Ghostly Matters

Author: Avery F. Gordon
Publisher: U of Minnesota Press
ISBN: 9781452913865
Release Date: 2008
Genre: Literary Criticism

“Avery Gordon’s stunningly original and provocatively imaginative book explores the connections linking horror, history, and haunting. ” —George Lipsitz “The text is of great value to anyone working on issues pertaining to the fantastic and the uncanny.” —American Studies International “Ghostly Matters immediately establishes Avery Gordon as a leader among her generation of social and cultural theorists in all fields. The sheer beauty of her language enhances an intellectual brilliance so daunting that some readers will mark the day they first read this book. One must go back many more years than most of us can remember to find a more important book.” —Charles Lemert Drawing on a range of sources, including the fiction of Toni Morrison and Luisa Valenzuela (He Who Searches), Avery Gordon demonstrates that past or haunting social forces control present life in different and more complicated ways than most social analysts presume. Written with a power to match its subject, Ghostly Matters has advanced the way we look at the complex intersections of race, gender, and class as they traverse our lives in sharp relief and shadowy manifestations. Avery F. Gordon is professor of sociology at the University of California, Santa Barbara. Janice Radway is professor of literature at Duke University.

Ghostly Matters

Author: Avery Gordon
Publisher: U of Minnesota Press
ISBN: 081662089X
Release Date: 1997
Genre: Social Science

'Avery Gordon's stunningly original and provocatively imaginative book explores the connections linking horror, history, and haunting. She shows how fiction writing can sometimes function as a social force, as a repository of memories that are too brutal, to debilitating, and too horrifying to register through direct historical or social science narratives...'--George Lipsitz, University of California, San Diego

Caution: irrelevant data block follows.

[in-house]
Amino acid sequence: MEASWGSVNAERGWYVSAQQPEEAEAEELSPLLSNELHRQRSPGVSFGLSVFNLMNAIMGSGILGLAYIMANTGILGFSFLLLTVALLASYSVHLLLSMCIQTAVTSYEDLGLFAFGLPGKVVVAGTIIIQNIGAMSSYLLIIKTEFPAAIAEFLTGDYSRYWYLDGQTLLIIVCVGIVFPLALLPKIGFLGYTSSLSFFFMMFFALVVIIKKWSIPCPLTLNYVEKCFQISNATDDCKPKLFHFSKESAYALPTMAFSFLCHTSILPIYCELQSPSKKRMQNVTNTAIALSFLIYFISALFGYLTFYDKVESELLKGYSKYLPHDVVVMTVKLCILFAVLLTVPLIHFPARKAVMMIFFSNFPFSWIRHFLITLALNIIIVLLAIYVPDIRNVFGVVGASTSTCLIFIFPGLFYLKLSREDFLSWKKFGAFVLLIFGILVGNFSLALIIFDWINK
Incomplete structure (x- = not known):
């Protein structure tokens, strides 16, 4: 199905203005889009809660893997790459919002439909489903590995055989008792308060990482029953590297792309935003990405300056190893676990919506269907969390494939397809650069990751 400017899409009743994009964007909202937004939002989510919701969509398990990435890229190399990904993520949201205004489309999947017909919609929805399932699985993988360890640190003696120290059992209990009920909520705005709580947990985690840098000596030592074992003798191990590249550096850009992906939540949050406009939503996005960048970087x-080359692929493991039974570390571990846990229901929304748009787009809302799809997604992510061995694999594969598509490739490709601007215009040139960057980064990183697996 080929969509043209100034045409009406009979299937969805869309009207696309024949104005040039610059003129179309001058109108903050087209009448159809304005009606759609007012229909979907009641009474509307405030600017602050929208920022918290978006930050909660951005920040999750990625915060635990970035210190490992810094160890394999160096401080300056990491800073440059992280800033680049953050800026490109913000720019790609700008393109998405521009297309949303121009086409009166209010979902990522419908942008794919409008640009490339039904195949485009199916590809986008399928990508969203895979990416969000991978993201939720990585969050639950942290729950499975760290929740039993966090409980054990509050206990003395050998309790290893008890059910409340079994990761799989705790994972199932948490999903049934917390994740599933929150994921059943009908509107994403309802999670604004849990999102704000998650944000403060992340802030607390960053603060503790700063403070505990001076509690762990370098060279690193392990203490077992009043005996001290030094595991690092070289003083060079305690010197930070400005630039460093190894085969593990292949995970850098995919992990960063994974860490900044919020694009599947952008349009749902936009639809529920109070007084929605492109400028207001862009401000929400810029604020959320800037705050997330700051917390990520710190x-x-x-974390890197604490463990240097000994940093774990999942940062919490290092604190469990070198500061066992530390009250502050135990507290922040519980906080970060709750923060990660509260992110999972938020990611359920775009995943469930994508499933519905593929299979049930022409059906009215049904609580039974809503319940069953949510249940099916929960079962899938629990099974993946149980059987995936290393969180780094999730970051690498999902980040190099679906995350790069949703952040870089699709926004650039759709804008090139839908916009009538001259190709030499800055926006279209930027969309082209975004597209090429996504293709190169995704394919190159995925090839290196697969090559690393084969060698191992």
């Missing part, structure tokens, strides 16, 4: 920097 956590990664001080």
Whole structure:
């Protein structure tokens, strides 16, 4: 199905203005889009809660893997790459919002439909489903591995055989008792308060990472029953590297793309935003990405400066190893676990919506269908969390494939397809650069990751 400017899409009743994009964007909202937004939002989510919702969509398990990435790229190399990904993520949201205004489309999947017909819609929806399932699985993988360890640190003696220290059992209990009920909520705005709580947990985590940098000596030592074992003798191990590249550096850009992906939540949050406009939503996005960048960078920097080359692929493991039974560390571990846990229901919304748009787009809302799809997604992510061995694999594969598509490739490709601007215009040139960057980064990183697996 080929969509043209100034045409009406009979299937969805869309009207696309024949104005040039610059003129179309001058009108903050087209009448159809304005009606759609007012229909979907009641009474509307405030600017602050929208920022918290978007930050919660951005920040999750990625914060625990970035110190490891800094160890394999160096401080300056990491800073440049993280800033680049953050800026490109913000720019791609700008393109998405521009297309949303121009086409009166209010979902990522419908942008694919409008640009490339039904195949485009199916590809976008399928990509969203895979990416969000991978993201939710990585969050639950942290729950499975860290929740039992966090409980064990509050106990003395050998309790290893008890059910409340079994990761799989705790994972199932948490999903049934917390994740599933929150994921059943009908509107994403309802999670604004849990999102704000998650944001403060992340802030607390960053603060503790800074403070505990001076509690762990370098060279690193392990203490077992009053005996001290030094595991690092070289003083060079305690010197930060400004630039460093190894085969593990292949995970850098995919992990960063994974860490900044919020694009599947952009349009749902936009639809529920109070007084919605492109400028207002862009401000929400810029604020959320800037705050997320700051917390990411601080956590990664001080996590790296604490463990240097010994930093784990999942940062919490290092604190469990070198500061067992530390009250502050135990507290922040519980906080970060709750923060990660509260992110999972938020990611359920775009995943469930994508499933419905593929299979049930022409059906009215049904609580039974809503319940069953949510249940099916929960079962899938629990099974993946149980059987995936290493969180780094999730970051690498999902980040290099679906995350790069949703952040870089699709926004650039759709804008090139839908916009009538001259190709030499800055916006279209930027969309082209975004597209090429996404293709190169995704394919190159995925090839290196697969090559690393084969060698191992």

Ghostly Matters

Author: Avery Gordon
Publisher: U of Minnesota Press
ISBN: 0816620830
Release Date: 1997
Genre: Literary Criticism

'Avery Gordon's stunningly original and provocatively imaginative book explores the connections linking horror, history, and haunting. She shows how fiction writing can sometimes function as a social force, as a repository of memories that are too brutal, to debilitating, and too horrifying to register through direct historical or social science narratives...'--George Lipsitz, University of California, San Diego

Keeping Good Time

Author: Avery Gordon
Publisher: Routledge
ISBN: 9781317257066
Release Date: 2015-11-30
Genre: Social Science

Avery Gordon's first book, Ghostly Matters, was widely acclaimed as a work of striking sociological imagination and social theory. Keeping Good Time, her much anticipated second book, brings together essays by Gordon that were "written to be read aloud." Her eloquent voice in this book further establishes her place among literary sociological writers of a new generation. Keeping Good Time will be of great interest to activists, feminists, sociologists, students and everyone concerned about how to beat the odds in influencing the shape of social and culture change. Readers will find their thinking changed by the author's perennial quest to "develop insights gained in confrontation with injustice."

The Hawthorn Archive

Author: Avery F. Gordon
Publisher:
ISBN: 0823276325
Release Date: 2017-08-22
Genre: Art

Creatively explores the utopian elements found in a variety of resistive and defiant activity in the past and in the present, with a focus on the Black Radical Tradition.